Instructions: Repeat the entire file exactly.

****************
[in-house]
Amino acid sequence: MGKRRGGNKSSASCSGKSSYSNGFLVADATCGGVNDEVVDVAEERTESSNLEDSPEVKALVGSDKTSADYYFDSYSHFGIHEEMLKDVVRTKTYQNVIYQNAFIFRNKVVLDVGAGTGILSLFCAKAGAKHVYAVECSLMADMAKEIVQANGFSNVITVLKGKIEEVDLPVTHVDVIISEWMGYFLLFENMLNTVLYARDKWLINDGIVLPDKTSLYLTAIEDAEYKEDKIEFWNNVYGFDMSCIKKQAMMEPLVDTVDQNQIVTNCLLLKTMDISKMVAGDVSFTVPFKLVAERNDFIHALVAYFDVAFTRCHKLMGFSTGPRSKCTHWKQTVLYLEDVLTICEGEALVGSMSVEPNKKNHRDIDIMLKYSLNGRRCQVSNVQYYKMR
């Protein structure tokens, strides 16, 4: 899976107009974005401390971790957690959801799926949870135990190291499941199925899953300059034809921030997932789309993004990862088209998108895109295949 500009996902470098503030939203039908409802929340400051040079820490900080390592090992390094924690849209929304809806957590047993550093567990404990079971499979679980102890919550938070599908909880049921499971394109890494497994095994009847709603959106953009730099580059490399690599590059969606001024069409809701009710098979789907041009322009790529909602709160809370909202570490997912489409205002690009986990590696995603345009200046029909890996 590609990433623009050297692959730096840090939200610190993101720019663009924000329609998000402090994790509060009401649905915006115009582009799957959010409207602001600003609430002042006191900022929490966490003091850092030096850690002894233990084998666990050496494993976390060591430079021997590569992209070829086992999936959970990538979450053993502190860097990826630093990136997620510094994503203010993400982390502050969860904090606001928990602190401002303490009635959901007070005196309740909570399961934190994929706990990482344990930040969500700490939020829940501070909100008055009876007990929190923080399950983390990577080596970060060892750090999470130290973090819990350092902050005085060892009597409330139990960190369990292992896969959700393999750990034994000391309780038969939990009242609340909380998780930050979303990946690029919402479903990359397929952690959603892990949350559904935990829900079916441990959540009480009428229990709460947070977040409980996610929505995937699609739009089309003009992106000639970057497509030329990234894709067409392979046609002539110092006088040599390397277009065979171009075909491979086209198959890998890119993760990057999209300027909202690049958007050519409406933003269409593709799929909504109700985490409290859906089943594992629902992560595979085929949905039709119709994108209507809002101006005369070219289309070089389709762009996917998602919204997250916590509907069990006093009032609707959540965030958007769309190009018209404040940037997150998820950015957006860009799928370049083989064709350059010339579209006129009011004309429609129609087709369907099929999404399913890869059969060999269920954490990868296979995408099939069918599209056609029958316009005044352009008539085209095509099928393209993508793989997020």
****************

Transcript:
[in-house]
Amino acid sequence: MGKRRGGNKSSASCSGKSSYSNGFLVADATCGGVNDEVVDVAEERTESSNLEDSPEVKALVGSDKTSADYYFDSYSHFGIHEEMLKDVVRTKTYQNVIYQNAFIFRNKVVLDVGAGTGILSLFCAKAGAKHVYAVECSLMADMAKEIVQANGFSNVITVLKGKIEEVDLPVTHVDVIISEWMGYFLLFENMLNTVLYARDKWLINDGIVLPDKTSLYLTAIEDAEYKEDKIEFWNNVYGFDMSCIKKQAMMEPLVDTVDQNQIVTNCLLLKTMDISKMVAGDVSFTVPFKLVAERNDFIHALVAYFDVAFTRCHKLMGFSTGPRSKCTHWKQTVLYLEDVLTICEGEALVGSMSVEPNKKNHRDIDIMLKYSLNGRRCQVSNVQYYKMR
């Protein structure tokens, strides 16, 4: 899976107009974005401390971790957690959801799926949870135990190291499941199925899953300059034809921030997932789309993004990862088209998108895109295949 500009996902470098503030939203039908409802929340400051040079820490900080390592090992390094924690849209929304809806957590047993550093567990404990079971499979679980102890919550938070599908909880049921499971394109890494497994095994009847709603959106953009730099580059490399690599590059969606001024069409809701009710098979789907041009322009790529909602709160809370909202570490997912489409205002690009986990590696995603345009200046029909890996 590609990433623009050297692959730096840090939200610190993101720019663009924000329609998000402090994790509060009401649905915006115009582009799957959010409207602001600003609430002042006191900022929490966490003091850092030096850690002894233990084998666990050496494993976390060591430079021997590569992209070829086992999936959970990538979450053993502190860097990826630093990136997620510094994503203010993400982390502050969860904090606001928990602190401002303490009635959901007070005196309740909570399961934190994929706990990482344990930040969500700490939020829940501070909100008055009876007990929190923080399950983390990577080596970060060892750090999470130290973090819990350092902050005085060892009597409330139990960190369990292992896969959700393999750990034994000391309780038969939990009242609340909380998780930050979303990946690029919402479903990359397929952690959603892990949350559904935990829900079916441990959540009480009428229990709460947070977040409980996610929505995937699609739009089309003009992106000639970057497509030329990234894709067409392979046609002539110092006088040599390397277009065979171009075909491979086209198959890998890119993760990057999209300027909202690049958007050519409406933003269409593709799929909504109700985490409290859906089943594992629902992560595979085929949905039709119709994108209507809002101006005369070219289309070089389709762009996917998602919204997250916590509907069990006093009032609707959540965030958007769309190009018209404040940037997150998820950015957006860009799928370049083989064709350059010339579209006129009011004309429609129609087709369907099929999404399913890869059969060999269920954490990868296979995408099939069918599209056609029958316009005044352009008539085209095509099928393209993508793989997020």